It is useful to clearly restate the essential features of the economic problem facing potential irrigators in the arid West before exploring how formal property rights developed to solve that problem in a setting where political and informal institutions had largely failed to do so. The rugged, arid terrain of the West made upfront investment in irrigation infrastructure a prerequisite for agriculture. The capital intensity of this infrastructure, the large public benefits it ultimately provided, and the potential for free-riding made irrigation investment a classic collective-action problem. Information problems, a vast federal estate, and a large number of heterogeneous agents arriving over a wide time frame reduced the government’s capacity to provide irrigation works initially and largely precluded the development of informal, community-based irrigation projects. Instead, individuals turned to property rights as a coordinating device.

In reflecting on Ostrom (2011), Hanemann (2014) emphasizes the role that property rights played in providing an alternative solution to this problem, detailing the importance of having legal property in providing access to credit. Leonard and Libecap (2016) also study the role of property rights in promoting investment, focusing on the role of first possession as reward for socially valuable search and investment (a similar argument has been made in the context of patents). Another critical benefit of prior appropriation not emphasized by Hanemann (2014) or Leonard and Libecap (2016) was that it transformed irrigation works from a non-excludable into an excludable club good, providing a foundation for the market-based development of water resources in the West.

The economic theory of club goods first developed by Buchanan (1965) provides a convenient analytic framework for understanding how property rights can serve as a basis for collective action to develop socially beneficial projects like infrastructure. Buchanan proposed club goods as a more flexible approach to categorizing collective action problems than the strict private vs. public good dichotomy popularized by Samuelson (1954). In the original taxonomy, public goods like national defense are non-rivalrous (everybody gets the same amount) and non-excludable, whereas private goods like shirts are rivalrous (a shirt can only be worn by one person at a time) and excludable (it easy to prevent the theft of shirts).

Buchanan’s innovation was to recognize the existence of club goods such as swimming pools which are partially rivalrous and partially excludable. As Buchanan notes,

The interesting cases are those goods and services, the consumption of which involves some “publicness,” where the optimal sharing group is more than one person or family but smaller than an infinitely large number. The range of “publicness” is finite. The central question in the theory of clubs is that of determining the membership margin, so to speak, the size of the most desirable cost and consumption sharing arrangement. (Buchanan 1965, 1)

This framework is useful for analyzing irrigation works because, as noted, the optimal group size for an irrigation project was greater than one but nevertheless faced an upper boundary based on the profitability of ditch investment and the amount of land and water that could be put to productive use in a given area.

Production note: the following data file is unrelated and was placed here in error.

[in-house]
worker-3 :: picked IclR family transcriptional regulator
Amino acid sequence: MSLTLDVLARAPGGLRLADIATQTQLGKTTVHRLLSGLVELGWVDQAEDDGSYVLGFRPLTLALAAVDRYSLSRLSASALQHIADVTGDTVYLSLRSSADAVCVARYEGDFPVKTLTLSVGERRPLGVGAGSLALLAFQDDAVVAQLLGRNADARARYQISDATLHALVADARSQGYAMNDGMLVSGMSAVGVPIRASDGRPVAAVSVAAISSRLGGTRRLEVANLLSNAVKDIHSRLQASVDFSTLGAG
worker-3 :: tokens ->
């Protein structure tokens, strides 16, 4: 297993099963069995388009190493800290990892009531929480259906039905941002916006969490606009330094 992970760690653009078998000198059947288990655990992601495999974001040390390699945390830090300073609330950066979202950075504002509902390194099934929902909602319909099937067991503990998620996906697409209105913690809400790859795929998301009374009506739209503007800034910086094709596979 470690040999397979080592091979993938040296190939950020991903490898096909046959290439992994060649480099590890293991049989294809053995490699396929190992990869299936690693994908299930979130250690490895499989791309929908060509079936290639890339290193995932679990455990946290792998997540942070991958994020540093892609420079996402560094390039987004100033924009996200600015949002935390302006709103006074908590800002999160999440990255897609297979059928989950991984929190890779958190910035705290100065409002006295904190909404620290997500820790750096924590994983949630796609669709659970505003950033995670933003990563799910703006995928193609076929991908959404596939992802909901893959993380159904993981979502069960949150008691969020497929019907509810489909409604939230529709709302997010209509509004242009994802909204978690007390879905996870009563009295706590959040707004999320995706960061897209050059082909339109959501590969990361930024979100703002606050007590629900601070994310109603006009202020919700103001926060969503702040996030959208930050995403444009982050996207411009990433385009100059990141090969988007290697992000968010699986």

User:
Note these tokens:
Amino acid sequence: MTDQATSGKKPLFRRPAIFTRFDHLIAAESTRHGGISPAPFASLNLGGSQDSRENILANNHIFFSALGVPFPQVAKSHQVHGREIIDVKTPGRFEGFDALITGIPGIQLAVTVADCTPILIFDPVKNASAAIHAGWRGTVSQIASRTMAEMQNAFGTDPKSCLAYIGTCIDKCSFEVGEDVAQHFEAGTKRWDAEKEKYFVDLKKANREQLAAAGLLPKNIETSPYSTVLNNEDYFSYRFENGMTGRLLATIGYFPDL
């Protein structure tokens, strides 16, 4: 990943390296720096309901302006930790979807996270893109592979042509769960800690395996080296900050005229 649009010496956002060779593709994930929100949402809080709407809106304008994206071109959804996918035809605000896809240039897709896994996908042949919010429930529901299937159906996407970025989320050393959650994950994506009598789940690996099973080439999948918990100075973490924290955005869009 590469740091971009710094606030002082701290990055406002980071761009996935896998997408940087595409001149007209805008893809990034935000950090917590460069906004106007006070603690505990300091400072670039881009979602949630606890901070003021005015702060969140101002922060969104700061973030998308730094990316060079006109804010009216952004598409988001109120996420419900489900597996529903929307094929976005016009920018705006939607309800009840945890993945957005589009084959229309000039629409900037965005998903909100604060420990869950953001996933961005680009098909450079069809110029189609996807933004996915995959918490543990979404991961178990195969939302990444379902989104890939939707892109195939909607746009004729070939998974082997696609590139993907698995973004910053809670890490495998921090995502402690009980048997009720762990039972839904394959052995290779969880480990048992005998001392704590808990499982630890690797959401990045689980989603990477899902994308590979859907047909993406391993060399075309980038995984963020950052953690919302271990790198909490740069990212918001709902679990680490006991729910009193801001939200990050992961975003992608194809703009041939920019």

The key economic question in the theory of clubs is determining the optimal club size and associated delivery size for a particular good. Taking the amount of the good as fixed and assuming a particular distribution of the club good (such as equal sharing), the optimal club size is found by setting the marginal benefit of a new member (their contribution to the cost of production) equal to the marginal cost of that new member (the reduction in existing members’ consumption). For a given production function, sharing rule, and good size, the optimal club size is uniquely determined. Under these conditions, we would expect private clubs to form and provide goods that are “public” among their members but are not enjoyed by nonmembers. Classic examples include homeowner’s associations, private swimming pools, and (of course) irrigation companies.

Even under the restrictive conditions outlined above, provision of club goods requires the ability to exclude nonmembers. Indeed, Buchanan saw exclusion as essential:

If individuals think that exclusion will not be fully possible, that they can expect to secure benefits as free riders without really becoming full-fledged contributing members of the club, they may be reluctant to enter voluntarily into cost-sharing arrangements. This suggests that one important means of reducing the costs of securing voluntary co-operative agreements is that of allowing for more flexible property arrangements and for introducing excluding devices. (Buchanan 1965, 14)

While Buchanan explicitly recognizes the fact that his analysis ignores the costs of excluding outsiders and securing internal agreement, both are fundamental to determining whether clubs are a viable mechanism for collective action. At the same time, Buchanan’s emphasis on the importance of property as a means for exclusion points the way to a cost-minimizing mechanism for both exclusion and coordination.